- myE-Verify is Now Available in Spanish and Other New Services
- USCIS Utilizes Twitter to Answer Your Questions
- Temporary Protected Status for Yemen
myE-Verify is Now Available in Spanish and Other New Services
On August 31, 2015, USCIS announced that the new Spanish-language myE-Verify as well as other new services like Case History and Case Tracker are available for both the English and Spanish language myE-verify websites.
myE-Verify is a free web-based service created specifically for employees and job seekers that allows the user to become involved in the E-Verify process. This service has a resource center that informs users of their rights and the responsibilities of the E-Verify employers. Users can verify their personal information with the information listed on E-Verify checks and can make updates if there are any discrepancies. There is also a self-lock feature that allows users to lock their Social Security numbers in E-Verify to prevent others from using their identity.
The new features will add to the usefulness of the website. The Case History function allows users to generate a report to see when their data was used in E-Verify. The Case Tracker allows an individual to track the status of his or her E-Verify case using a unique case verification number. It is important to note that it is not necessary to be a myE-Verify user to use the Case Tracker function.
If you would like to learn more about these services, USCIS encourages you to participate in a virtual forum on Thursday, September 10, 2015 from 2:00 PM to 3:30 PM EST. USCIS will provide an overview of the website, discuss the new features, and provide you with information on how to protect your identity and understand your rights. Participants will be given the opportunity to ask questions. You can attend in person, through live web stream on YouTube or by teleconference. To register, please click here.
USCIS Utilizes Twitter to Answer Your Questions
Starting on September 1, 2015, USCIS initiated a new customer service tool called “Twitter Office Hours” open from 3:00 PM to 4:00 PM EST. During this time, USCIS experts will answer your questions about the immigration process. In order to participate, follow @USCIS on Twitter and ask your question in a tweet (not a direct message) using the #AskUSCIS hashtag. USCIS will not answer case-specific questions or give updates on case statuses. When asking a question, it is helpful to mention which form you are filing. Most answers will include a link to USCIS.gov where you can find additional information. After each session, USCIS will post a transcript of the question and answers to its blog, The Beacon.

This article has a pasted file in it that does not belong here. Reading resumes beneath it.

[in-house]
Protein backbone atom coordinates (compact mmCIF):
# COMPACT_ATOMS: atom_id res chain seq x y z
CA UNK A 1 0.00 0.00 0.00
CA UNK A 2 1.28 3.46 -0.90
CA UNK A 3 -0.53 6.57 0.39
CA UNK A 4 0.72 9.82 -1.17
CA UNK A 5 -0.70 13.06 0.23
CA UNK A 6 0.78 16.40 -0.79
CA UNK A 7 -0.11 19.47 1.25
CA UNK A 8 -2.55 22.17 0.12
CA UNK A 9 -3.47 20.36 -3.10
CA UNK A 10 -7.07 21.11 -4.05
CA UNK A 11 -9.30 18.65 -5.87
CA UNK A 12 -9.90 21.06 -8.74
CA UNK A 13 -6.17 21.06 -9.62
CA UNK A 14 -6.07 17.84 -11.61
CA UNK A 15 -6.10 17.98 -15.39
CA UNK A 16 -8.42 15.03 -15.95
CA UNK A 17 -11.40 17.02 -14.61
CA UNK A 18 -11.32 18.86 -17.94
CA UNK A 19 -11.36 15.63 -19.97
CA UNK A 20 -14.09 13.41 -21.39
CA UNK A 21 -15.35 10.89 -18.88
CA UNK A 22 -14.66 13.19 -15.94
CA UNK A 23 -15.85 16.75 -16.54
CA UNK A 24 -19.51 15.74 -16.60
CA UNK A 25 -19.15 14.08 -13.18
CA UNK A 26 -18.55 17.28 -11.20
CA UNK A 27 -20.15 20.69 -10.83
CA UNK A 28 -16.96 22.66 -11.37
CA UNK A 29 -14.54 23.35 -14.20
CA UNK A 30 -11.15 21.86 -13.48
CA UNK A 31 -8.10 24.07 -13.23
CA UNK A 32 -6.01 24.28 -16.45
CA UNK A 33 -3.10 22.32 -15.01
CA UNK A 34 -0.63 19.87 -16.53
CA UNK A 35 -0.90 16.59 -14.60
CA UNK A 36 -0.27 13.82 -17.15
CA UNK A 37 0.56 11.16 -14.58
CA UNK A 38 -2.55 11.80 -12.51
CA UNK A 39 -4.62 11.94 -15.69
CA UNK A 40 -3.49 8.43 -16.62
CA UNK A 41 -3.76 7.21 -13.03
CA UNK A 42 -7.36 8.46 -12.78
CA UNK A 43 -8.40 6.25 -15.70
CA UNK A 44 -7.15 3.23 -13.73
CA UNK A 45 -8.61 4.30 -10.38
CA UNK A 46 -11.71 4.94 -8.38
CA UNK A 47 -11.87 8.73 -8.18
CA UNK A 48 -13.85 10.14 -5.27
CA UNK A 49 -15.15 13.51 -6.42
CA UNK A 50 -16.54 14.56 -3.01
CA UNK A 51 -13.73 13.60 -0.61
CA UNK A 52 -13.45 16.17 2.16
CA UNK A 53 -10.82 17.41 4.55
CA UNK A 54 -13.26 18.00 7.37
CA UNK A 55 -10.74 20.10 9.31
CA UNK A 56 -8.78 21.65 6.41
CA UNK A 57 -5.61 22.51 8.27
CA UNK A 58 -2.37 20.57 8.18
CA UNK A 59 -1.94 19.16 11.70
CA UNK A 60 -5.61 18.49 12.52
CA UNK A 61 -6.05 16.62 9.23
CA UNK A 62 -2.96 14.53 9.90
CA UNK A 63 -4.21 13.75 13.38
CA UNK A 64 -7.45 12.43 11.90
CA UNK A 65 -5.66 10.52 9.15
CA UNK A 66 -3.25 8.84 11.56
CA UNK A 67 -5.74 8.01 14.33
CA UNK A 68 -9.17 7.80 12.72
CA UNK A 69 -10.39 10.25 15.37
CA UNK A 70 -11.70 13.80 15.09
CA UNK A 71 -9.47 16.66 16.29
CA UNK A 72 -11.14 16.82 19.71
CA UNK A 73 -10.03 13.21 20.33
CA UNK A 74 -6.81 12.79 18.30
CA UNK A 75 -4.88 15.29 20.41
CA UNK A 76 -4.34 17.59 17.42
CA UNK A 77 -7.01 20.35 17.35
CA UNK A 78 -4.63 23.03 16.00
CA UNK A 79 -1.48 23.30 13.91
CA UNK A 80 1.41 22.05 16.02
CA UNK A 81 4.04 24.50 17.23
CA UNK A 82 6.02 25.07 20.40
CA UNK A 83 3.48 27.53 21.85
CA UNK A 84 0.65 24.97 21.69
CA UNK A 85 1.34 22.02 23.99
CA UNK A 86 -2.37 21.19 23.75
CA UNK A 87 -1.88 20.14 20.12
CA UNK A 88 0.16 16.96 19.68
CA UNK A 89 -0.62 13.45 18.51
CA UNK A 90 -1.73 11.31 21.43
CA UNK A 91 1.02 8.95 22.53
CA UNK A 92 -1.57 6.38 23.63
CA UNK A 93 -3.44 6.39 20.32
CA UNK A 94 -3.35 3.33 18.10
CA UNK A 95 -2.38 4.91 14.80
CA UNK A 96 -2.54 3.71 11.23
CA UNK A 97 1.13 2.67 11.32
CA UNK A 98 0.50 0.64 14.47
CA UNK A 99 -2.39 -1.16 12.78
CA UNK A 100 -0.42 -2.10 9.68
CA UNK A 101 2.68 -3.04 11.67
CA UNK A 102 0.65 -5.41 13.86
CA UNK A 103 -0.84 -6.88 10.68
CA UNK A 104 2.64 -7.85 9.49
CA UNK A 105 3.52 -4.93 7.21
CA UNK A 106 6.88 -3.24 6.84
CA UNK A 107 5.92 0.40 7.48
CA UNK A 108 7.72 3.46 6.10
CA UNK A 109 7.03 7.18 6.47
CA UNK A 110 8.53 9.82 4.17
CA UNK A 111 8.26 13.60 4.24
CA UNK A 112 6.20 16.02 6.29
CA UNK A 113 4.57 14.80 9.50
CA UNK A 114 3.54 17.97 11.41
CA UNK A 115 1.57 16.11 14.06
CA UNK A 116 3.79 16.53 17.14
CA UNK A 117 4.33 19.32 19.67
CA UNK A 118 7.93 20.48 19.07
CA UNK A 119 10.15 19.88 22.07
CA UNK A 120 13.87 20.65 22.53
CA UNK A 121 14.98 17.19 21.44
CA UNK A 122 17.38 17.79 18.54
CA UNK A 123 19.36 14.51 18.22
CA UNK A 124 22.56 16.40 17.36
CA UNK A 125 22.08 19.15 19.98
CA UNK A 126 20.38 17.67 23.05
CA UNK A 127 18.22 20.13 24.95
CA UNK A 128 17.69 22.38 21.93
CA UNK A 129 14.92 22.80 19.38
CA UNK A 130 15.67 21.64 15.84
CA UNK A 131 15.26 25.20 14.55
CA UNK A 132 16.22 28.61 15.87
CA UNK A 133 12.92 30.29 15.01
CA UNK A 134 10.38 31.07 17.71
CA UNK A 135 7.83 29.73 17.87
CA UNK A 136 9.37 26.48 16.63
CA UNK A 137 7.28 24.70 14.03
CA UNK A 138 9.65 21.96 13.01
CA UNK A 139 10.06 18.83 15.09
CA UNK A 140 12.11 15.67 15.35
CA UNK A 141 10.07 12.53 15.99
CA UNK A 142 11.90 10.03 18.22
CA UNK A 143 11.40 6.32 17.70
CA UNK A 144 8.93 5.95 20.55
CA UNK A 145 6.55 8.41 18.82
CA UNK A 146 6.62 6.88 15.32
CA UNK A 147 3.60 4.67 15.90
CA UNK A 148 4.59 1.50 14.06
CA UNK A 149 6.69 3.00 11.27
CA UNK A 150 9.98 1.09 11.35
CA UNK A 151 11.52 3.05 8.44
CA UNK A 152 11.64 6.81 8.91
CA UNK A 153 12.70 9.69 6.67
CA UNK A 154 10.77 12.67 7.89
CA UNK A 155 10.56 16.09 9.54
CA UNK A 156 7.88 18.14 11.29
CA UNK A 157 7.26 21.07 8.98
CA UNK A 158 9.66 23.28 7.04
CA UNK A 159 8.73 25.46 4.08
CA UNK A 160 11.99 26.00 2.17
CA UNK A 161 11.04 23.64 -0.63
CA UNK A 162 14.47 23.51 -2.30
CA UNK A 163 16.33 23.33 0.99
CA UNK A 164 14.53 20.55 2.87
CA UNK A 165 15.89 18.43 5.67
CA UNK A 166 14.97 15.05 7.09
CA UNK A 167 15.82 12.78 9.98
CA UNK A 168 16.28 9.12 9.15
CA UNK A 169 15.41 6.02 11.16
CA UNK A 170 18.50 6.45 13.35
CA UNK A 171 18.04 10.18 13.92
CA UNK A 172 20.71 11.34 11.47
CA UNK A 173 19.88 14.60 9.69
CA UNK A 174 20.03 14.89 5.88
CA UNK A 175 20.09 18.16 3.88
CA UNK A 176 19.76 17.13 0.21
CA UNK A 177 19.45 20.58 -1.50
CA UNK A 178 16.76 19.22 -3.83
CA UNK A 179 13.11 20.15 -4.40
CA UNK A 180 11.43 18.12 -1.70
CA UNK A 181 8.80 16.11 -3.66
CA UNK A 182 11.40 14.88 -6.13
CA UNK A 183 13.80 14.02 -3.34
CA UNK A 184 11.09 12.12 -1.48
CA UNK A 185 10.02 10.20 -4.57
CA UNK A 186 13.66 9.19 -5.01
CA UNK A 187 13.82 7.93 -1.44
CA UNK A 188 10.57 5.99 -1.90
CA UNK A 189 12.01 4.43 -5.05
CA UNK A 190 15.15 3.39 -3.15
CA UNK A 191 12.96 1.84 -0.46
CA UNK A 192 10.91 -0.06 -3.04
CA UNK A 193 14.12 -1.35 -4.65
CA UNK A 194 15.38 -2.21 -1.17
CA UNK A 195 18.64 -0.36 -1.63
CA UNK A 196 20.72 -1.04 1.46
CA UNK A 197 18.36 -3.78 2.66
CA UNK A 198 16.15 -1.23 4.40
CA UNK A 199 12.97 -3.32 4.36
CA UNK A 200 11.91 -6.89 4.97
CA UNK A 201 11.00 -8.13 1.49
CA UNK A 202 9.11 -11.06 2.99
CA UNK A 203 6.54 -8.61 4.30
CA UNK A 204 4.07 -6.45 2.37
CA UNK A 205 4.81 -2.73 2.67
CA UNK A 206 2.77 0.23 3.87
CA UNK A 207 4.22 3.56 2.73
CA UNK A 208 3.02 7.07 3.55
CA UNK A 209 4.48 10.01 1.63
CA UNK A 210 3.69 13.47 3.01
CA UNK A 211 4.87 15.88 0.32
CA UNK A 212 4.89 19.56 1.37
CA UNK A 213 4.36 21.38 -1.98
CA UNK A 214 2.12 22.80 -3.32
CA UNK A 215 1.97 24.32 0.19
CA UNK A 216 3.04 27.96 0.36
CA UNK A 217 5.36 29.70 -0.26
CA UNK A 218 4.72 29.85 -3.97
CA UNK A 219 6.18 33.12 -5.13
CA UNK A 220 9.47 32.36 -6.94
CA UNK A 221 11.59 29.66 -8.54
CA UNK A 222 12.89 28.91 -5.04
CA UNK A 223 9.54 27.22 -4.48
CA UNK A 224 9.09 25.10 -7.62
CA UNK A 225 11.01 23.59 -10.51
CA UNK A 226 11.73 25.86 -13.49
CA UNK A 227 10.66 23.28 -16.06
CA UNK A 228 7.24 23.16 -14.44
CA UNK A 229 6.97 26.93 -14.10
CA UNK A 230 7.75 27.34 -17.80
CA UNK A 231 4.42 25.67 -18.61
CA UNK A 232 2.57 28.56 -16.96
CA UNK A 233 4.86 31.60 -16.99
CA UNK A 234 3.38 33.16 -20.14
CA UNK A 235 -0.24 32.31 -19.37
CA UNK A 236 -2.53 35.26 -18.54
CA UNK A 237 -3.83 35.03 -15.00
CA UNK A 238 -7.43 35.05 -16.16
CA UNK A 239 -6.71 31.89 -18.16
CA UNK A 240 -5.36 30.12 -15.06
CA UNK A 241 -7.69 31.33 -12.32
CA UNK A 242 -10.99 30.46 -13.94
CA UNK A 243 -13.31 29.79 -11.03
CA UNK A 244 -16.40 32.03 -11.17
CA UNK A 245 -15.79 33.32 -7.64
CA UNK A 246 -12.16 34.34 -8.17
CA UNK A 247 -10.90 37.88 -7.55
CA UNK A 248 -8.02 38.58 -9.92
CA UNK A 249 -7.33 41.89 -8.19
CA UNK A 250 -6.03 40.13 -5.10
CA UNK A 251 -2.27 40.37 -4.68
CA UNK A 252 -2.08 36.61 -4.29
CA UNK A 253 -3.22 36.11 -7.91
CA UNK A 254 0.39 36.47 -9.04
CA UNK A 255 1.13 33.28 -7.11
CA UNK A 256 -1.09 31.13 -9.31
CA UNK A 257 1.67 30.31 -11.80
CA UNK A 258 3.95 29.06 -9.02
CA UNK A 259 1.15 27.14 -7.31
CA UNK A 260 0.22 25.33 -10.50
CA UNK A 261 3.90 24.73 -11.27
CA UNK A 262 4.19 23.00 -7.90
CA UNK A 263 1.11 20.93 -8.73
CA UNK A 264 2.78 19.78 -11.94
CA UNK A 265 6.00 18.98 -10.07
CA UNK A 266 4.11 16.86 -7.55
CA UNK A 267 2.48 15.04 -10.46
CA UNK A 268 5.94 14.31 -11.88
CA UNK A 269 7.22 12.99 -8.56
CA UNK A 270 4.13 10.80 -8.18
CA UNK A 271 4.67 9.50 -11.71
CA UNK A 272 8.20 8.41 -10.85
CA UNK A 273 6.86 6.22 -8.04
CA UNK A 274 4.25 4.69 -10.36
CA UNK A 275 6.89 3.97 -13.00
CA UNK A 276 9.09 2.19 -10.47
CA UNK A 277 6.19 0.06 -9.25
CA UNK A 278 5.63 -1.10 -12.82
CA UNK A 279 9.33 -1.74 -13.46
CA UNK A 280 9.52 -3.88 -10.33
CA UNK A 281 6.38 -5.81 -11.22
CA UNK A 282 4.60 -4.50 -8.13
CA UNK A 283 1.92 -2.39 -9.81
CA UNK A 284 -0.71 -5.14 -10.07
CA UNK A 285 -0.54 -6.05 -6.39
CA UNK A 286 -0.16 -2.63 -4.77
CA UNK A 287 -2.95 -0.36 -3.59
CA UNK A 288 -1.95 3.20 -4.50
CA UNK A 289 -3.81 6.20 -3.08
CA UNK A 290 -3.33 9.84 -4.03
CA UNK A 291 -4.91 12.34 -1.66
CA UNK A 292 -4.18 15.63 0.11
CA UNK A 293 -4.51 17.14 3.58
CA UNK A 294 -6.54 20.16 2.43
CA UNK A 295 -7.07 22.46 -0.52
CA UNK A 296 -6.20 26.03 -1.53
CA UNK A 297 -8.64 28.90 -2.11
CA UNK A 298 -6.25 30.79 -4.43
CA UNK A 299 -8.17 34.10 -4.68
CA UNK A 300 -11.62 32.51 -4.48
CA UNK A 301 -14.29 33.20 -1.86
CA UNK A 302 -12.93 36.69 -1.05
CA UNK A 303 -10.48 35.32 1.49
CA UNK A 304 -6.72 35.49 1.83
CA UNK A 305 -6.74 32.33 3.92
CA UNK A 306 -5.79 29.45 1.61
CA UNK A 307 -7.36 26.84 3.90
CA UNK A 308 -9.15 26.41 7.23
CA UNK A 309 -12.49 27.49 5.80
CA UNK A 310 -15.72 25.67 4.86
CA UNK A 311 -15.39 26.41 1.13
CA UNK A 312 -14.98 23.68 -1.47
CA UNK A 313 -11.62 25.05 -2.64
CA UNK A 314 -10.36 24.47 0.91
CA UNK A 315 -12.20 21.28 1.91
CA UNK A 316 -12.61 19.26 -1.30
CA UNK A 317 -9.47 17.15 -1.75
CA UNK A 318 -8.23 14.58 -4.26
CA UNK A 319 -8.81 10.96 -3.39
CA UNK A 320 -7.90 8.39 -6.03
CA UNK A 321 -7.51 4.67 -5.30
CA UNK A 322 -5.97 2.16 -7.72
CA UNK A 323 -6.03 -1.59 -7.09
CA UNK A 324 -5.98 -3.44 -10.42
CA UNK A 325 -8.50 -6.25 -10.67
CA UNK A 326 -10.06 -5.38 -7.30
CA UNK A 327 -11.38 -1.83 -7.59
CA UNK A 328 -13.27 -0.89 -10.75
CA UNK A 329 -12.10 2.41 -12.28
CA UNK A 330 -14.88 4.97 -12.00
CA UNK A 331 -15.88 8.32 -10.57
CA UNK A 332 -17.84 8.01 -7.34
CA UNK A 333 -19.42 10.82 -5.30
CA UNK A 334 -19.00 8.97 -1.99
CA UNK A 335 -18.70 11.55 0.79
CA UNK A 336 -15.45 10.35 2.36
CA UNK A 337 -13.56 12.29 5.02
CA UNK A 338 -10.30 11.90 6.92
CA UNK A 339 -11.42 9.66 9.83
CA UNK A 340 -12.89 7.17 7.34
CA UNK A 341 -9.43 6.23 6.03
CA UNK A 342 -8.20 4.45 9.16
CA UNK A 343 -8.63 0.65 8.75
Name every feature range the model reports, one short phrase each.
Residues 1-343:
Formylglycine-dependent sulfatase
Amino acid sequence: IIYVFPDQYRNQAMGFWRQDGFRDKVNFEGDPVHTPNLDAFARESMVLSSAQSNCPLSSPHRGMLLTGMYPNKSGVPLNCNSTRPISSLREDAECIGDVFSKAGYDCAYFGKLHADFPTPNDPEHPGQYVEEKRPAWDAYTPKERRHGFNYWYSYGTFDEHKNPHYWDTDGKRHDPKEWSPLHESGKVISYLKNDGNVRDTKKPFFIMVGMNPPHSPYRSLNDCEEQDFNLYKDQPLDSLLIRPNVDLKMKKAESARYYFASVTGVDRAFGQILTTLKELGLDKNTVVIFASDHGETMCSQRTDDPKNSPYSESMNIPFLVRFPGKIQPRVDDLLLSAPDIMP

Do not post any personal information such as A-number, receipt number, SSN, or any other personally identifiable information. Furthermore, in the interest of time, USCIS will not use this time to answer questions regarding policies or respond to media, government agencies, or stockholder organizations.
Temporary Protected Status for Yemen
Effective September 3, 2015, the Department of Homeland Security has designated Yemen for Temporary Protected Status (TPS) due to the internal armed conflict, which has created a serious humanitarian crisis. To require Yemeni nationals in the U.S. to return to Yemen in the middle of this conflict could threaten their personal safely and as a result, eligible Yemeni nationals may apply for TPS with USCIS and receive work authorization. Yemen’s TPS designation is valid through March 3, 2017.
TPS requires applicants to show that they have maintained continuous physical presence and continuous residence in the U.S. since September 3, 2015. Applicants must also pass thorough background checks, and individuals with certain criminal record may be ineligible for TPS. For further information about TPS, please visit the USCIS website.